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Analysis of the EyeDevelopmental Pathway in Drosophila Using DNA Microarrays.
Lydia Michaut, SusanneFlister, Martin Neeb, Kevin P. White, Ulrich Certa, and Walter J. Gehring
Proceedings of the National Academy of Sciences of the UnitedStates of America, Vol. 100, No. 7, 2003 April 1, 4024-4029.
Previous studiesof ectopic eye development in Drosophila flies proved that eyeformation could be induced by targeted expression of the eyeless gene aswell as homologous genes from other organisms. Because many eye developmental genes are so highly conservedthat a gene from a squid can cause normal fly eye formation, scientists havebeen working to understand the developmental pathway. The methods described in this paper canbe used to better understand the genetic basis of eye development, from theinitial establishment of an eye “field” to the final maintenance of thecompound eye. The researchers usedDNA microarray technology to get an overview of the “genetic cascade” by analyzingthe expression of various genes involved in ectopic eye development. Most of these genes are transcriptionfactors activated early in retinal differentiation by eyeless, which isbelieved to be the “master control” gene and the underlying cause of eyemorphogenesis. For greateraccuracy, two different Drosophila full-genome oligonucleotide microarrays—roDROMEGaand DrosGenome—were used to compare gene expression in both wild-type leg discsand leg discs in which eyeless was being ectopicallyexpressed. Because eyeless can act asa transcription factor for other processes in other tissues, the researchersthen analyzed the endogenous expression of selected genes from eye discs todetermine which genes were eye-specific. They found 371 genes that are expressed in the eye discs andup-regulated when an eye is ectopically induced in leg discs. Many of these genes encodetranscription factors involved in developmental processes. Some of the identified genes werealready known to act downstream of eyeless, while other genes had notyet been associated with eye development.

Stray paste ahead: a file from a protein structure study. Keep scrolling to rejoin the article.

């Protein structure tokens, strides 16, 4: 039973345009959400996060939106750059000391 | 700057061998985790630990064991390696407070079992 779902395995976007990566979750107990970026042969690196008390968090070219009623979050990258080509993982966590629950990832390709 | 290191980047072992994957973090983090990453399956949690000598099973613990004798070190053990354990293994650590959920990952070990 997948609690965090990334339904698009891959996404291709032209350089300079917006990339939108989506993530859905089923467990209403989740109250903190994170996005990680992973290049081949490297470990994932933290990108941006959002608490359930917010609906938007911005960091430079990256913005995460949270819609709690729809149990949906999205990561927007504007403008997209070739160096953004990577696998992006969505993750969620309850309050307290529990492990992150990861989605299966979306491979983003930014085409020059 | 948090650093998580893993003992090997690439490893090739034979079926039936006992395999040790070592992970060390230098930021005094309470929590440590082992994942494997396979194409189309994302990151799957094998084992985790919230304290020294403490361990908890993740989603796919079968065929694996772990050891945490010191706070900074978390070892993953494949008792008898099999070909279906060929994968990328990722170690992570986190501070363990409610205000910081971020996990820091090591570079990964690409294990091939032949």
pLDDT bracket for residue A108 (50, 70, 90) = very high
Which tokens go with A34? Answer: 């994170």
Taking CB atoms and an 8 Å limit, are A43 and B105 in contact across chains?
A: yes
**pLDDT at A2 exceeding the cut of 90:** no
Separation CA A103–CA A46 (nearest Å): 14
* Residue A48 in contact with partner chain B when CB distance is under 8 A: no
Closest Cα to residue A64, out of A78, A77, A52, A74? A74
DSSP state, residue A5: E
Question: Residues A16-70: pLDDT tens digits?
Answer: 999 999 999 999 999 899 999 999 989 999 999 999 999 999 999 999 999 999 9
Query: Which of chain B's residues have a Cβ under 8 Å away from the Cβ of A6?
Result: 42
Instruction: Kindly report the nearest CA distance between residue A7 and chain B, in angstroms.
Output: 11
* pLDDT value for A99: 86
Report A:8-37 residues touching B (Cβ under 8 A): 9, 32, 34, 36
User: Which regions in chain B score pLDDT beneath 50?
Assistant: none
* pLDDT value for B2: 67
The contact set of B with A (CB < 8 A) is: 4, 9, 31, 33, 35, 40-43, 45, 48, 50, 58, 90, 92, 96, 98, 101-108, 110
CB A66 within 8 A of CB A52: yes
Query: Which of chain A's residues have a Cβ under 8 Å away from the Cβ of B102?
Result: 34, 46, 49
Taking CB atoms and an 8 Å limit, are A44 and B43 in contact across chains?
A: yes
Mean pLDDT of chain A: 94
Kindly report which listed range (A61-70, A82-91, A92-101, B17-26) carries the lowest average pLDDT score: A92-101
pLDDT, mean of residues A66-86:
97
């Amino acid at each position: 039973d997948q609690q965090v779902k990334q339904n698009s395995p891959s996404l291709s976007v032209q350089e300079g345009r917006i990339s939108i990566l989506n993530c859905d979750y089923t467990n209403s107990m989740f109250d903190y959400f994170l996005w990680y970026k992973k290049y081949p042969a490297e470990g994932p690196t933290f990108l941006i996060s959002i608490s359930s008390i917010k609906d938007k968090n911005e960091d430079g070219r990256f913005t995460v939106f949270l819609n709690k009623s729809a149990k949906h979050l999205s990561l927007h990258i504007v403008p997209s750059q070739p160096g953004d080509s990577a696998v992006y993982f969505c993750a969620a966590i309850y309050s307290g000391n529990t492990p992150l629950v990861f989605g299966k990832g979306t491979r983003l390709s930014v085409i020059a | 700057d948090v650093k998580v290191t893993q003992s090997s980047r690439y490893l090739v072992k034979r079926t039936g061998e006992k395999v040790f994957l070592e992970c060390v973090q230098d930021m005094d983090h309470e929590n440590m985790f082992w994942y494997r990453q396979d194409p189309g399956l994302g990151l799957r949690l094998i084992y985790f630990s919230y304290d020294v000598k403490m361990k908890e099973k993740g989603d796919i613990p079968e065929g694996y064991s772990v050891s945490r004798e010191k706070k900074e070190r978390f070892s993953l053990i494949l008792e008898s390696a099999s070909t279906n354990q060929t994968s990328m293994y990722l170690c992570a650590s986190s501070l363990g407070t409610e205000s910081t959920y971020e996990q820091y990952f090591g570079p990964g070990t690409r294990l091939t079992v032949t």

Figure1A is a Venn diagram comparing the two probe arrays’ detection of the 371 eyeless-inducedgenes. 228 genes were detected by theroDROMEGa array alone, compared to 198 genes detected by the DrosGenome arrayalone. 55 genes were detected byboth arrays and are listed in further detail in Table 1.
Thisdiagram effectively demonstrates why two microarrays are needed: their accuracydepends on the selection of the oligonucleotide sequences chosen to representeach gene. The use of twodifferent arrays reduces the number of false positives and allows betteranalysis of gene expression.
Figure1B classifies the 254 eyeless-induced genes for which a molecularfunction could be determined. It showsboth the diversity of the activated genes’ functions—ranging from receptors to kinasesto cytoskeletal elements—and the prevalence of transcription factors and signaltransducers. It is obvious fromthis figure that eyeless has a significant impact on development.
Table1 lists the 55 genes detected by both microarrays; these genes are found both inthe eye discs and during ectopic eye formation. The table also lists the fold induction for each gene;however, the two arrays detected different fold inductions for most of thegenes, reinforcing the need for more than one array and making it more difficultto determine the amount of transcription of each gene.
Thistable also provides evidence that some genes not previously thought to beassociated with eye formation are actually involved in the process. For example, the chit gene, whichis synthesized in body fat and encodes a chitinase-like disc growth factor, istranscribed in both leg and eye discs, especially during eptopic eyeformation. These results indicatethat chit has autonomous role in disc development and eye differentiation. Other known genes, such as the actinbundle assembly protein quail, the transcription factors fru and ken, and theGTPase rac2, are significantly induced during eptopic eye development,pointing to some previously unnoticed role in the process.